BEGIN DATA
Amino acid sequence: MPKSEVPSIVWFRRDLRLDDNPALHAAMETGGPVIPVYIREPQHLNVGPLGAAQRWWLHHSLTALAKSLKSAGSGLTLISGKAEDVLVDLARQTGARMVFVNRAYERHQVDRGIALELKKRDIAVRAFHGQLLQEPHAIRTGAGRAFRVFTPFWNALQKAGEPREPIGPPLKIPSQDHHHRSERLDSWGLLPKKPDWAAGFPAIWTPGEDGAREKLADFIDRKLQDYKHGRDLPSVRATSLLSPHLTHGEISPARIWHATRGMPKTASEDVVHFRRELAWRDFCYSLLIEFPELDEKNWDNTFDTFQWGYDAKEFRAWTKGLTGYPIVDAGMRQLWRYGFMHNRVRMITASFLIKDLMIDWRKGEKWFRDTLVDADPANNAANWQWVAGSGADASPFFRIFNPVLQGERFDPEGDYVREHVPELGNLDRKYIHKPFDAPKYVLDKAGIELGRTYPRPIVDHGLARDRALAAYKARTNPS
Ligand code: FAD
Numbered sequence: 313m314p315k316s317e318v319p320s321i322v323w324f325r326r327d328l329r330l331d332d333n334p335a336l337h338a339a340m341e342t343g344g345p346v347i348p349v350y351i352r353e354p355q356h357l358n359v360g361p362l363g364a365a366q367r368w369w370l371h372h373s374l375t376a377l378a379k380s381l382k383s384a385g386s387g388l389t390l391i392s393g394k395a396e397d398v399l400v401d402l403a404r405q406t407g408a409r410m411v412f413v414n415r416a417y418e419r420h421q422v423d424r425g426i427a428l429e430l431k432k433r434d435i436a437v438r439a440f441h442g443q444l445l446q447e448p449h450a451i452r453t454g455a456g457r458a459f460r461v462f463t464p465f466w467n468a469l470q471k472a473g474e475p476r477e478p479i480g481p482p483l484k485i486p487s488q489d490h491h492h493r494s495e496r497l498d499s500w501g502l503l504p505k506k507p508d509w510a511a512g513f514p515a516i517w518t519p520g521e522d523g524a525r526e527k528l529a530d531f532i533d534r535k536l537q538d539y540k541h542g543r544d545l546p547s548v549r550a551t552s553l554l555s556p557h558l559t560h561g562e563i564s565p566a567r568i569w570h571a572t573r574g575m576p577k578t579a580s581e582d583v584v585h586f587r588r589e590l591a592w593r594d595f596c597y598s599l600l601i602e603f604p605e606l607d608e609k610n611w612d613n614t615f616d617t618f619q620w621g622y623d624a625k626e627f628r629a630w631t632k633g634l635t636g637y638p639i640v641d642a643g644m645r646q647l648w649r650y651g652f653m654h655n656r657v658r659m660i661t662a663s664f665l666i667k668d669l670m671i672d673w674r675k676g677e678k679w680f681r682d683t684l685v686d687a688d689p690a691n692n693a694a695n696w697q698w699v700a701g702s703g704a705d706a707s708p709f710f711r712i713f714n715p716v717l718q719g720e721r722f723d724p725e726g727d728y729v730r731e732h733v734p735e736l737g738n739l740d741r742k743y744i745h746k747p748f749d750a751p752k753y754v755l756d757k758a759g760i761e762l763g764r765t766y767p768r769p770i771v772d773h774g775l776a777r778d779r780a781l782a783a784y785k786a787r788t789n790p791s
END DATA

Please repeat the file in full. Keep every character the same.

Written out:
Amino acid sequence: MPKSEVPSIVWFRRDLRLDDNPALHAAMETGGPVIPVYIREPQHLNVGPLGAAQRWWLHHSLTALAKSLKSAGSGLTLISGKAEDVLVDLARQTGARMVFVNRAYERHQVDRGIALELKKRDIAVRAFHGQLLQEPHAIRTGAGRAFRVFTPFWNALQKAGEPREPIGPPLKIPSQDHHHRSERLDSWGLLPKKPDWAAGFPAIWTPGEDGAREKLADFIDRKLQDYKHGRDLPSVRATSLLSPHLTHGEISPARIWHATRGMPKTASEDVVHFRRELAWRDFCYSLLIEFPELDEKNWDNTFDTFQWGYDAKEFRAWTKGLTGYPIVDAGMRQLWRYGFMHNRVRMITASFLIKDLMIDWRKGEKWFRDTLVDADPANNAANWQWVAGSGADASPFFRIFNPVLQGERFDPEGDYVREHVPELGNLDRKYIHKPFDAPKYVLDKAGIELGRTYPRPIVDHGLARDRALAAYKARTNPS
Ligand code: FAD
Numbered sequence: 313m314p315k316s317e318v319p320s321i322v323w324f325r326r327d328l329r330l331d332d333n334p335a336l337h338a339a340m341e342t343g344g345p346v347i348p349v350y351i352r353e354p355q356h357l358n359v360g361p362l363g364a365a366q367r368w369w370l371h372h373s374l375t376a377l378a379k380s381l382k383s384a385g386s387g388l389t390l391i392s393g394k395a396e397d398v399l400v401d402l403a404r405q406t407g408a409r410m411v412f413v414n415r416a417y418e419r420h421q422v423d424r425g426i427a428l429e430l431k432k433r434d435i436a437v438r439a440f441h442g443q444l445l446q447e448p449h450a451i452r453t454g455a456g457r458a459f460r461v462f463t464p465f466w467n468a469l470q471k472a473g474e475p476r477e478p479i480g481p482p483l484k485i486p487s488q489d490h491h492h493r494s495e496r497l498d499s500w501g502l503l504p505k506k507p508d509w510a511a512g513f514p515a516i517w518t519p520g521e522d523g524a525r526e527k528l529a530d531f532i533d534r535k536l537q538d539y540k541h542g543r544d545l546p547s548v549r550a551t552s553l554l555s556p557h558l559t560h561g562e563i564s565p566a567r568i569w570h571a572t573r574g575m576p577k578t579a580s581e582d583v584v585h586f587r588r589e590l591a592w593r594d595f596c597y598s599l600l601i602e603f604p605e606l607d608e609k610n611w612d613n614t615f616d617t618f619q620w621g622y623d624a625k626e627f628r629a630w631t632k633g634l635t636g637y638p639i640v641d642a643g644m645r646q647l648w649r650y651g652f653m654h655n656r657v658r659m660i661t662a663s664f665l666i667k668d669l670m671i672d673w674r675k676g677e678k679w680f681r682d683t684l685v686d687a688d689p690a691n692n693a694a695n696w697q698w699v700a701g702s703g704a705d706a707s708p709f710f711r712i713f714n715p716v717l718q719g720e721r722f723d724p725e726g727d728y729v730r731e732h733v734p735e736l737g738n739l740d741r742k743y744i745h746k747p748f749d750a751p752k753y754v755l756d757k758a759g760i761e762l763g764r765t766y767p768r769p770i771v772d773h774g775l776a777r778d779r780a781l782a783a784y785k786a787r788t789n790p791s